In fact what you'll see is that the hard-core geeks tend to give up on all kinds of useful measures of quality, and basically they get left with the only one they can prove mechanically, which is, does the program behave according to specification. And so we get a very narrow, geeky definition of quality: how closely does the program correspond to the spec. Does it produce the defined outputs given the defined inputs.
The problem, here, is very fundamental. In order to mechanically prove that a program corresponds to some spec, the spec itself needs to be extremely detailed. In fact the spec has to define everything about the program, otherwise, nothing can be proven automatically and mechanically. Now, if the spec does define everything about how the program is going to behave, then, lo and behold, it contains all the information necessary to generate the program! And now certain geeks go off to a very dark place where they start thinking about automatically compiling specs into programs, and they start to think that they've just invented a way to program computers without programming.
Now, this is the software engineering equivalent of a perpetual motion machine. It's one of those things that crackpots keep trying to do, no matter how much you tell them it could never work. If the spec defines precisely what a program will do, with enough detail that it can be used to generate the program itself, this just begs the question: how do you write the spec? Such a complete spec is just as hard to write as the underlying computer program, because just as many details have to be answered by spec writer as the programmer. To use terminology from information theory: the spec needs just as many bits of Shannon entropy as the computer program itself would have. Each bit of entropy is a decision taken by the spec-writer or the programmer.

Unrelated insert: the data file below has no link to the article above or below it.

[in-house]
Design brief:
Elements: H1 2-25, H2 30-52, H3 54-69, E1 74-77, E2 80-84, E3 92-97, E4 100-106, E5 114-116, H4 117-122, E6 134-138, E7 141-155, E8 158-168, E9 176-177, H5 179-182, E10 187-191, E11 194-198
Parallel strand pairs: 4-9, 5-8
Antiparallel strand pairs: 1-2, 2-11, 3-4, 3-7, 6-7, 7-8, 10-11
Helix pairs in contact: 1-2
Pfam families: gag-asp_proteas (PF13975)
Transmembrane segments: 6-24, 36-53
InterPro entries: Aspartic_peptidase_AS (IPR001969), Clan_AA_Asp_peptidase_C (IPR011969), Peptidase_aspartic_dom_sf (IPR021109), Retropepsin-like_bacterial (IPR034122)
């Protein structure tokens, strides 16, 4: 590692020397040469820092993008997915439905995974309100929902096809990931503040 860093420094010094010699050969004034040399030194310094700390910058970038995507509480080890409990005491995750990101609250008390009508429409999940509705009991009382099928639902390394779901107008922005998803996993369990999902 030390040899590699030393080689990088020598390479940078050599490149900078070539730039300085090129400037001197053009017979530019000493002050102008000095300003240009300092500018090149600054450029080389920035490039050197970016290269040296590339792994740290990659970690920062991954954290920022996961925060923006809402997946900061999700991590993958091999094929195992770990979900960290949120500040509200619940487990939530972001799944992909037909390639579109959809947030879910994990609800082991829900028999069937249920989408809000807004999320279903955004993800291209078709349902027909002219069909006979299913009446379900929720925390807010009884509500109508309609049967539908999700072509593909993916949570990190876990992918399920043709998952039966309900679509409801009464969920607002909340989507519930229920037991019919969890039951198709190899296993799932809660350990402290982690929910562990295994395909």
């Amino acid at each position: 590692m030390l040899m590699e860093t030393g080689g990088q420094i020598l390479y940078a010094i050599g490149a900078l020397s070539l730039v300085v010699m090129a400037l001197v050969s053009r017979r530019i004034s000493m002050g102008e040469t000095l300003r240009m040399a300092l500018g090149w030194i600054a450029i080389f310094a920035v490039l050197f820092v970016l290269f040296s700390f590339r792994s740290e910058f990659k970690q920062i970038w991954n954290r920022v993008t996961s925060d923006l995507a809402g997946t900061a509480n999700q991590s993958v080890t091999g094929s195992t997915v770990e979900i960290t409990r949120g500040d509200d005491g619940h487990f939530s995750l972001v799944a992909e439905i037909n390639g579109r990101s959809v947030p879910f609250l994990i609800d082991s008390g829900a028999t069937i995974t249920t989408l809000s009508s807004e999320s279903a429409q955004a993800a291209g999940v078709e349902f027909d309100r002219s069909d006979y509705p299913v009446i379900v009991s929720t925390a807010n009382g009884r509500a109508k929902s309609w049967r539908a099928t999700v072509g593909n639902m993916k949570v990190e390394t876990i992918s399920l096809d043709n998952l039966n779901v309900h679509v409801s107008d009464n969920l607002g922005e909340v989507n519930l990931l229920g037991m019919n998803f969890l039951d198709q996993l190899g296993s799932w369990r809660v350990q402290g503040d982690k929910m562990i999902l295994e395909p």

So, the bottom line is that if there really were a mechanical way to prove things about the correctness of a program, all you'd be able to prove is whether that program is identical to some other program that must contain the same amount of entropy as the first program, otherwise some of the behaviors are going to be undefined, and thus unproven. So now the spec writing is just as hard as writing a program, and all you've done is moved one problem from over here to over there, and accomplished nothing whatsoever.
This seems like a kind of brutal example, but nonetheless, this search for the holy grail of program quality is leading a lot of people to a lot of dead ends.
There is an amusing (and by amusing I mean annoying) bug with iTunes smart playlists... if a song is only on a device because it had a certain rating and so appeared in specific smart playlists, it's difficult if then loses that rating... its ghost still shows up and automagically streams from the cloud, but anything that could carry the metadata is lost, so the thing stays on the list.